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Richard Chaykowski is director and professor, Master of Industrial Relations Program, Queen's University. Maurice Mazerolle is director and professor at the Centre for Labour Management Relations, Ted Rogers School of Management, Ryerson University. Rafael Gomez is director and professor, Centre for Industrial Relations and Human Resources, University of Toronto

As we move toward the third decade of the 21st century – and as we celebrate another Labour Day – Canadian workers confront a daunting array of challenges and pressures: the need to keep up with technological change, which threatens jobs in a number of sectors; the fragmenting of the traditional employment relationship; powerful demographic changes that will mean little or no work-force growth; an aging population that is increasingly dependent on social programs; and the prospect of having to work much longer in life.

No longer can we assume that the current system of collective bargaining will ensure that workers will be protected from all these forces, especially in the private sector, where the percentage of workers represented by a union has fallen to 16.4 per cent, down from its high-water mark of 30 per cent in 1981. In other words, the overwhelming majority of workers in the Canadian private sector are, for the most part, lacking a provider of voice and representation at the workplace.

This lack of representation for the private-sector worker is important because it has left a "representation gap" for workers desiring unionization and indirectly (and in many cases directly) led to the substitution of traditional collective bargaining with statutory legislation in the form of employment standards. This means that in order to address any concerns about their terms and conditions of work, most private-sector workers must rely upon employment standards, which provide a bare minimum of protection and are often weakly enforced.

The problem is amplified by the fact that the workplace itself is changing at the same time as workers are increasingly facing the broader pressures brought on by technological and demographic changes and international competition in goods and services. The concern is that we need more transformational approaches and policies to address these labour-market challenges, something that our policy makers are currently not offering.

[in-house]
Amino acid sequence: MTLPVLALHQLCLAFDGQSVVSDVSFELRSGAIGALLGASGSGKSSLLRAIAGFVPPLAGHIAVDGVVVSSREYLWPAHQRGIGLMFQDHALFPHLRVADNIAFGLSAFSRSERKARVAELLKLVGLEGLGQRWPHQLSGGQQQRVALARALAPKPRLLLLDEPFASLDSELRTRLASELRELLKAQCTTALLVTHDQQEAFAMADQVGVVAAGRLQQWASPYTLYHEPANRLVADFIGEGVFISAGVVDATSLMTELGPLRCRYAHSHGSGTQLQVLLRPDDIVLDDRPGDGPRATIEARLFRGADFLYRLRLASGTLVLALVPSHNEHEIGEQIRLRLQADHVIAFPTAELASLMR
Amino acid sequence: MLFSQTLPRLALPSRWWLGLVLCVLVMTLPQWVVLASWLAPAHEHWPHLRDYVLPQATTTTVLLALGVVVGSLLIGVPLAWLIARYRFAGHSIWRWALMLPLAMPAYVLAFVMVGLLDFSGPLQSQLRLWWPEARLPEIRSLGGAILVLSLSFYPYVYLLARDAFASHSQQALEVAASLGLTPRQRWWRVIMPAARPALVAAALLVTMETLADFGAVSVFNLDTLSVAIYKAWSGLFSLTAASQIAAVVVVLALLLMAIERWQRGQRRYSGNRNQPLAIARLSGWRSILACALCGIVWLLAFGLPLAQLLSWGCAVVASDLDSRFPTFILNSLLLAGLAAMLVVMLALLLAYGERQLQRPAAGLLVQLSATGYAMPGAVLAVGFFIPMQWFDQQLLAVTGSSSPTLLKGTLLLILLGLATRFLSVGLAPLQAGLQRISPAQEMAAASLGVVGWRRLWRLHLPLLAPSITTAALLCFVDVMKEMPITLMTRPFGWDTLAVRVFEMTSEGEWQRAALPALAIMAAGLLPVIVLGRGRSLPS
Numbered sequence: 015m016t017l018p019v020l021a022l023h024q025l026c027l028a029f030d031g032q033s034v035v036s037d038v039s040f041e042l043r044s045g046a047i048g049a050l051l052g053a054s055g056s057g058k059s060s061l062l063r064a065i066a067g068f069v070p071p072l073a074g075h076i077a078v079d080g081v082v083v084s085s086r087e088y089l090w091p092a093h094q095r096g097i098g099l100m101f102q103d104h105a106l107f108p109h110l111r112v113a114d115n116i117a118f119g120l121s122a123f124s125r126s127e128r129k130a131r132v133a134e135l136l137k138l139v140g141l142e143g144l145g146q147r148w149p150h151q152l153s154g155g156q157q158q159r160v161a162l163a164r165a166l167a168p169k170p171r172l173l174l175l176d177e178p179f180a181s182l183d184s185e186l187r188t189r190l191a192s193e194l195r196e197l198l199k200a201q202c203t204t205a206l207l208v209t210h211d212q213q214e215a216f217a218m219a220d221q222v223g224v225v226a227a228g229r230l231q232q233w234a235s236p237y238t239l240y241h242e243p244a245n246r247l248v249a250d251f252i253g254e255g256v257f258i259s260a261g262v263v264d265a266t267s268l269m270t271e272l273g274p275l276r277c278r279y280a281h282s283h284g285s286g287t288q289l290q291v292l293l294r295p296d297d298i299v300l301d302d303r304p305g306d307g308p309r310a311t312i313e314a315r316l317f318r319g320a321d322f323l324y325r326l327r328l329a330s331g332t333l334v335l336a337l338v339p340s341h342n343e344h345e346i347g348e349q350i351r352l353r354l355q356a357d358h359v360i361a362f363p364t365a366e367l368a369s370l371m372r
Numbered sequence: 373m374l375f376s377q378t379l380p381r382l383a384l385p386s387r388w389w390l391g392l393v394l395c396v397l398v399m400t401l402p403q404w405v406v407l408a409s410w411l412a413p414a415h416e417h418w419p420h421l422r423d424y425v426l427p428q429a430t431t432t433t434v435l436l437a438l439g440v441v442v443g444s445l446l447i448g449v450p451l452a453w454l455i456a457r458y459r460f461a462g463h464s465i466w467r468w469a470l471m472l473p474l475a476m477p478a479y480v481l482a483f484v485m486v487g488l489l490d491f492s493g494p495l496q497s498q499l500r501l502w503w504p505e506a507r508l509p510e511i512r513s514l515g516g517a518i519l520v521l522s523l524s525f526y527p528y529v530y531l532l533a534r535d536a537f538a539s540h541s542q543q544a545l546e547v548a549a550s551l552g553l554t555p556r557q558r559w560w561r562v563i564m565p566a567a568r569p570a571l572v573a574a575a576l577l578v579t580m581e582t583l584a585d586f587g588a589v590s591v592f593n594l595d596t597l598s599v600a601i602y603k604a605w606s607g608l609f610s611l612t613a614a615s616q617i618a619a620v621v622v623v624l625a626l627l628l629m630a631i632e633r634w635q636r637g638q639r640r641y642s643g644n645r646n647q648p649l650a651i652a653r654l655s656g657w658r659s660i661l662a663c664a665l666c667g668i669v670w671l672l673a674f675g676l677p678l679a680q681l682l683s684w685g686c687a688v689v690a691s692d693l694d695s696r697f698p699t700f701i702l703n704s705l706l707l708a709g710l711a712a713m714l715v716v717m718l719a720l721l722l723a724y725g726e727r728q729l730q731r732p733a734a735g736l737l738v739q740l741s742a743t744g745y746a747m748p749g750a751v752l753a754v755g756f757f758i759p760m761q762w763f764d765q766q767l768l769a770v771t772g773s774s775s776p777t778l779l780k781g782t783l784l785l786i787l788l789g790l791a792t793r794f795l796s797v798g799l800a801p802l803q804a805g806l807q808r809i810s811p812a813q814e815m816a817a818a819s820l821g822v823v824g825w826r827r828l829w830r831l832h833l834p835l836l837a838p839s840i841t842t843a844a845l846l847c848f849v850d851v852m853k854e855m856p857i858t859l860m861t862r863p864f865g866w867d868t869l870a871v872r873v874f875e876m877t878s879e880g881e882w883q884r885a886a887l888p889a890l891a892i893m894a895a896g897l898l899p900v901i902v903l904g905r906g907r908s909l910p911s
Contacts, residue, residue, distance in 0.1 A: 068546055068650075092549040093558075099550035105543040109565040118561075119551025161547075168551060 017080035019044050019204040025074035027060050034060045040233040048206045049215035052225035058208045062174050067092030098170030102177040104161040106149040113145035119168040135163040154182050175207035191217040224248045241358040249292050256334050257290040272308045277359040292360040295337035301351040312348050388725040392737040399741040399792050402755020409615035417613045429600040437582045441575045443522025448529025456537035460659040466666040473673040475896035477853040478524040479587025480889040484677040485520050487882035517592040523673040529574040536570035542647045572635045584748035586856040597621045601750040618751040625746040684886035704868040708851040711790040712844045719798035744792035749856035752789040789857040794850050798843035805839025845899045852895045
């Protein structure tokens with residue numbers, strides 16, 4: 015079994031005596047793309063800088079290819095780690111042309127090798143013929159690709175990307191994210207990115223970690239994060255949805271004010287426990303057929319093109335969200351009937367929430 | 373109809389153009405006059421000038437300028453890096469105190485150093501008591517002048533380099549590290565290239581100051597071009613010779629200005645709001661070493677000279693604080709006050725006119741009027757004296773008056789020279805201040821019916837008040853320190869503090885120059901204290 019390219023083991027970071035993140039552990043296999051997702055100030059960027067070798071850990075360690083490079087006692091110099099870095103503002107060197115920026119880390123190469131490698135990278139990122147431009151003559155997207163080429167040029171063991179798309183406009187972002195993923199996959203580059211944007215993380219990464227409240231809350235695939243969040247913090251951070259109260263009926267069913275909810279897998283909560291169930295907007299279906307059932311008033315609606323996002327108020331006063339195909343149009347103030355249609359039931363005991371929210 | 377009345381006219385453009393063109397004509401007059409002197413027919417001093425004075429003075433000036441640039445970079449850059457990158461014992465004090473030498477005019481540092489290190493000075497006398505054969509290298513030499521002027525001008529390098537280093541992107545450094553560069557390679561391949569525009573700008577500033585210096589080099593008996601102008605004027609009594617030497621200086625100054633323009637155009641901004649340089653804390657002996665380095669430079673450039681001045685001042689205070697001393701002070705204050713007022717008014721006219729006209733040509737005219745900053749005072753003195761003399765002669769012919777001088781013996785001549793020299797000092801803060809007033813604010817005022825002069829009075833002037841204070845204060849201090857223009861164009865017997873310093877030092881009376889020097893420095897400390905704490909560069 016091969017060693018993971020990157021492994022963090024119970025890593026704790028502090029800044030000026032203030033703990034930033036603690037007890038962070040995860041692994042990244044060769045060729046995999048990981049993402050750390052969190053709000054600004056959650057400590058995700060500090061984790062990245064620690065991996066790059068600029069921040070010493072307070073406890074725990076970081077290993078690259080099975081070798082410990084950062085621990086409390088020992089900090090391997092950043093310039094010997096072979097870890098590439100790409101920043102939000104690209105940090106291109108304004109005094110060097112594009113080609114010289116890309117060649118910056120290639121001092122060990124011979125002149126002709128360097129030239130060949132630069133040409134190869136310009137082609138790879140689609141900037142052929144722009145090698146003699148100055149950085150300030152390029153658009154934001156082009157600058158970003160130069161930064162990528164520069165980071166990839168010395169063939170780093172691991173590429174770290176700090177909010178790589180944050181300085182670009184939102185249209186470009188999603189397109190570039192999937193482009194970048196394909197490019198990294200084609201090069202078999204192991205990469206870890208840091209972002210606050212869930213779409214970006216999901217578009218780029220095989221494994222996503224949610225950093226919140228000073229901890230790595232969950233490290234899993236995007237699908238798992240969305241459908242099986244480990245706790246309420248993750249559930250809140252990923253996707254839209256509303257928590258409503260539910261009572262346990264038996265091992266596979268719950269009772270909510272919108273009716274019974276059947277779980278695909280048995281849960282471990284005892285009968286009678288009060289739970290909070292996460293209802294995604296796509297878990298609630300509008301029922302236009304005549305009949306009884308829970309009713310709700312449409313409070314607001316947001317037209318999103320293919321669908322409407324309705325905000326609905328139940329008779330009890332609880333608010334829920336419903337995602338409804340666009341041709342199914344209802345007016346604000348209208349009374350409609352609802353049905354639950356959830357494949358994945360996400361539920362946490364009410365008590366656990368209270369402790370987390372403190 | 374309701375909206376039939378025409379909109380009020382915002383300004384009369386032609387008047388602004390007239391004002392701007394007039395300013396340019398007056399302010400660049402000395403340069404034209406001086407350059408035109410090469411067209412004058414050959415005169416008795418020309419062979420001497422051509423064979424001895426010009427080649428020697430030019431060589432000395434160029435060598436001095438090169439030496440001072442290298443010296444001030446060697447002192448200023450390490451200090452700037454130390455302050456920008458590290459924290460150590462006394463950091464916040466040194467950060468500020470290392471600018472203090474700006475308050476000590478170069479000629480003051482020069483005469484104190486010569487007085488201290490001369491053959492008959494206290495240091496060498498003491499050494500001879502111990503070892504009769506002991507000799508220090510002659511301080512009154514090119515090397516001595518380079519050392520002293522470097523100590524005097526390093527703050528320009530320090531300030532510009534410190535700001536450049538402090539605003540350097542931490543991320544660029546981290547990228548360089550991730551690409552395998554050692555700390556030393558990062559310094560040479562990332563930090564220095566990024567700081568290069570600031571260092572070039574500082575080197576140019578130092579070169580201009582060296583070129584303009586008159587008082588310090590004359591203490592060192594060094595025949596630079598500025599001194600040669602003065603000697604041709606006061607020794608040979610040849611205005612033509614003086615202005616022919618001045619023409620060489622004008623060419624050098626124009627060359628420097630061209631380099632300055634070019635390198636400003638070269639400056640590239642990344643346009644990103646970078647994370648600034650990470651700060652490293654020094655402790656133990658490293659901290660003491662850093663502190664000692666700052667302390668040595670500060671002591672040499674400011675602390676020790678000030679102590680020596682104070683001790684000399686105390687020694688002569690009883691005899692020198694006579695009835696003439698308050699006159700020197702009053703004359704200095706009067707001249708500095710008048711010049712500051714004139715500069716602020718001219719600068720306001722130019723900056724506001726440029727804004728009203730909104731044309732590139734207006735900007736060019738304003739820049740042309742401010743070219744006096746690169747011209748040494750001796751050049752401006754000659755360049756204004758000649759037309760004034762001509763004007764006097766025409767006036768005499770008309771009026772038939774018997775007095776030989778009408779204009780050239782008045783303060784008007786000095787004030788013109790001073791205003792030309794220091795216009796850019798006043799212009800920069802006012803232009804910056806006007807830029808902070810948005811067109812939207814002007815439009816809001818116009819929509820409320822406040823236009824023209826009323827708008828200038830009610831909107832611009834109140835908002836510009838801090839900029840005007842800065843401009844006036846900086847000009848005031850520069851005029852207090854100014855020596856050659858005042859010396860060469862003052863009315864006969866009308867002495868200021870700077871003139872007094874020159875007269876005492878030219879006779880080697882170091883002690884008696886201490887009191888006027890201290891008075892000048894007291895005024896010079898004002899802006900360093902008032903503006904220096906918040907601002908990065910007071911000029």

So what is a 21st-century option that may help employers, employees and governments adapt to the many changes identified above?

We should look to update the Labour Relations Acts (LRAs) across jurisdictions to strengthen the ability of workers to form single or multiple-issue employee groups that could represent all or just a fraction of the workers in a workplace. At a minimum, any employee group that decides to form an employee association (which could be aided by the provision of "boilerplate" union constitutions) should have the potential protection of unjust dismissal.

Labour boards could also have the authority to reinstate fired workers who formed such employee associations. Independent associations of employees could, under this model, form around a single issue – such as a change to benefit provision – that employees in a non-union setting felt was either poorly handled or decided without adequate consultation by management. The employee group would not be seeking "certification" in order to be granted the right to formally bargain with their employer, but would, at the very least, have as their goal the ability to inform management of the collective views of fellow employees and ask that management reconsider their decision.

This is an in-between model of employee representation that clearly does not afford workers the same protections found in the traditional union certification route that, if successful, compels an employer to bargain across a whole range of issues in good faith. But it does reduce the costs to employees of trying to establish some foothold for voice and some mechanism for collective representation. It also provides a stepping stone for workers who may one day choose to organize and certify in the traditional way. And it allows employers to hear from employees who may otherwise be happy in their jobs but who have a collective grievance or issue that they feel has been overlooked or handled poorly.

This model could offer a way for workers in small private-sector establishments, or temporary and part-time workers, to receive voice in a tailored and independent way, and potentially stem the growth of "one-size-fits-all" employment standards laws that many employers find so displeasing. As we enjoy the Labour Day long weekend, we should also turn our collective thinking to how best to ensure that our labour policies serve and advance the interests of Canadian workers.

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